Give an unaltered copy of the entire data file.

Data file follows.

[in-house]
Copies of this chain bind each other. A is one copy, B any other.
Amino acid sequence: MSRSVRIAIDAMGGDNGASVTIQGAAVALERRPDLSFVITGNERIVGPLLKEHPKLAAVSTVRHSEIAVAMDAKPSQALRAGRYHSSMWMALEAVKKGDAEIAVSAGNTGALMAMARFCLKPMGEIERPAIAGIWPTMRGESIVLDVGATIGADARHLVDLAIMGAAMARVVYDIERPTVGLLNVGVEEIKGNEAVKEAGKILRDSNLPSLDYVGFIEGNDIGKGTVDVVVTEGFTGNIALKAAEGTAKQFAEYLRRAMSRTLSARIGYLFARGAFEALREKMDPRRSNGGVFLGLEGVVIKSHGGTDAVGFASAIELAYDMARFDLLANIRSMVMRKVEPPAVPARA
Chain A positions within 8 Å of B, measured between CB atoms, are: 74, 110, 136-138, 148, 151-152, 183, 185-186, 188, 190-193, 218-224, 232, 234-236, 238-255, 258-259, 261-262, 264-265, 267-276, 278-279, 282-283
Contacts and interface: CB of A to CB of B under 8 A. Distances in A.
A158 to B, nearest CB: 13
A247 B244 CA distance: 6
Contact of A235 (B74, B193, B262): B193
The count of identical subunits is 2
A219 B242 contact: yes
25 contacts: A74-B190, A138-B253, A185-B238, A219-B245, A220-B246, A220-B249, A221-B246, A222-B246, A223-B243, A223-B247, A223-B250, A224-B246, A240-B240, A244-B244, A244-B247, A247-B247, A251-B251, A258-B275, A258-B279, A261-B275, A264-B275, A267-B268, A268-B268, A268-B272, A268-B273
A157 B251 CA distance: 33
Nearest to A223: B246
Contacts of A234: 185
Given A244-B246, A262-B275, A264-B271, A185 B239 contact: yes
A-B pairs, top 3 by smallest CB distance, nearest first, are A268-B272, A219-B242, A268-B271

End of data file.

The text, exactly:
[in-house]
Copies of this chain bind each other. A is one copy, B any other.
Amino acid sequence: MSRSVRIAIDAMGGDNGASVTIQGAAVALERRPDLSFVITGNERIVGPLLKEHPKLAAVSTVRHSEIAVAMDAKPSQALRAGRYHSSMWMALEAVKKGDAEIAVSAGNTGALMAMARFCLKPMGEIERPAIAGIWPTMRGESIVLDVGATIGADARHLVDLAIMGAAMARVVYDIERPTVGLLNVGVEEIKGNEAVKEAGKILRDSNLPSLDYVGFIEGNDIGKGTVDVVVTEGFTGNIALKAAEGTAKQFAEYLRRAMSRTLSARIGYLFARGAFEALREKMDPRRSNGGVFLGLEGVVIKSHGGTDAVGFASAIELAYDMARFDLLANIRSMVMRKVEPPAVPARA
Chain A positions within 8 Å of B, measured between CB atoms, are: 74, 110, 136-138, 148, 151-152, 183, 185-186, 188, 190-193, 218-224, 232, 234-236, 238-255, 258-259, 261-262, 264-265, 267-276, 278-279, 282-283
Contacts and interface: CB of A to CB of B under 8 A. Distances in A.
A158 to B, nearest CB: 13
A247 B244 CA distance: 6
Contact of A235 (B74, B193, B262): B193
The count of identical subunits is 2
A219 B242 contact: yes
25 contacts: A74-B190, A138-B253, A185-B238, A219-B245, A220-B246, A220-B249, A221-B246, A222-B246, A223-B243, A223-B247, A223-B250, A224-B246, A240-B240, A244-B244, A244-B247, A247-B247, A251-B251, A258-B275, A258-B279, A261-B275, A264-B275, A267-B268, A268-B268, A268-B272, A268-B273
A157 B251 CA distance: 33
Nearest to A223: B246
Contacts of A234: 185
Given A244-B246, A262-B275, A264-B271, A185 B239 contact: yes
A-B pairs, top 3 by smallest CB distance, nearest first, are A268-B272, A219-B242, A268-B271